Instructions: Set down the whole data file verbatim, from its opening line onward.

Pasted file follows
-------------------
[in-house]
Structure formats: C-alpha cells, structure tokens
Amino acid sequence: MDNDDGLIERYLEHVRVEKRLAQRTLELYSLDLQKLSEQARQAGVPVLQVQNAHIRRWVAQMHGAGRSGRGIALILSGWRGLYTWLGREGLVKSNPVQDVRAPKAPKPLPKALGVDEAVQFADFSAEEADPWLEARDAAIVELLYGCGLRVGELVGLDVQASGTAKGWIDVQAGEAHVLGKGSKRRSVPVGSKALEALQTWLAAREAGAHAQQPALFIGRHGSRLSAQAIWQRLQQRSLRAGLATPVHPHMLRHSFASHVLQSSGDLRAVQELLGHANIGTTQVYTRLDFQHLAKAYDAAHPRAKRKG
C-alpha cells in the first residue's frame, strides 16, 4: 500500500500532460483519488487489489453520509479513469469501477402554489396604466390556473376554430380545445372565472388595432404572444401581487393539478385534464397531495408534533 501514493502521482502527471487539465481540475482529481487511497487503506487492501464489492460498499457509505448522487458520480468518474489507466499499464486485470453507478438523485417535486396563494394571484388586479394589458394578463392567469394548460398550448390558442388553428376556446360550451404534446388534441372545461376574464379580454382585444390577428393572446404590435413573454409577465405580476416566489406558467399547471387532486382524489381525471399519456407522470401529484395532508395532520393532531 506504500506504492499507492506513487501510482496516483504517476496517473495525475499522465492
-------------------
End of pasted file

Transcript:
[in-house]
Structure formats: C-alpha cells, structure tokens
Amino acid sequence: MDNDDGLIERYLEHVRVEKRLAQRTLELYSLDLQKLSEQARQAGVPVLQVQNAHIRRWVAQMHGAGRSGRGIALILSGWRGLYTWLGREGLVKSNPVQDVRAPKAPKPLPKALGVDEAVQFADFSAEEADPWLEARDAAIVELLYGCGLRVGELVGLDVQASGTAKGWIDVQAGEAHVLGKGSKRRSVPVGSKALEALQTWLAAREAGAHAQQPALFIGRHGSRLSAQAIWQRLQQRSLRAGLATPVHPHMLRHSFASHVLQSSGDLRAVQELLGHANIGTTQVYTRLDFQHLAKAYDAAHPRAKRKG
C-alpha cells in the first residue's frame, strides 16, 4: 500500500500532460483519488487489489453520509479513469469501477402554489396604466390556473376554430380545445372565472388595432404572444401581487393539478385534464397531495408534533 501514493502521482502527471487539465481540475482529481487511497487503506487492501464489492460498499457509505448522487458520480468518474489507466499499464486485470453507478438523485417535486396563494394571484388586479394589458394578463392567469394548460398550448390558442388553428376556446360550451404534446388534441372545461376574464379580454382585444390577428393572446404590435413573454409577465405580476416566489406558467399547471387532486382524489381525471399519456407522470401529484395532508395532520393532531 506504500506504492499507492506513487501510482496516483504517476496517473495525475499522465492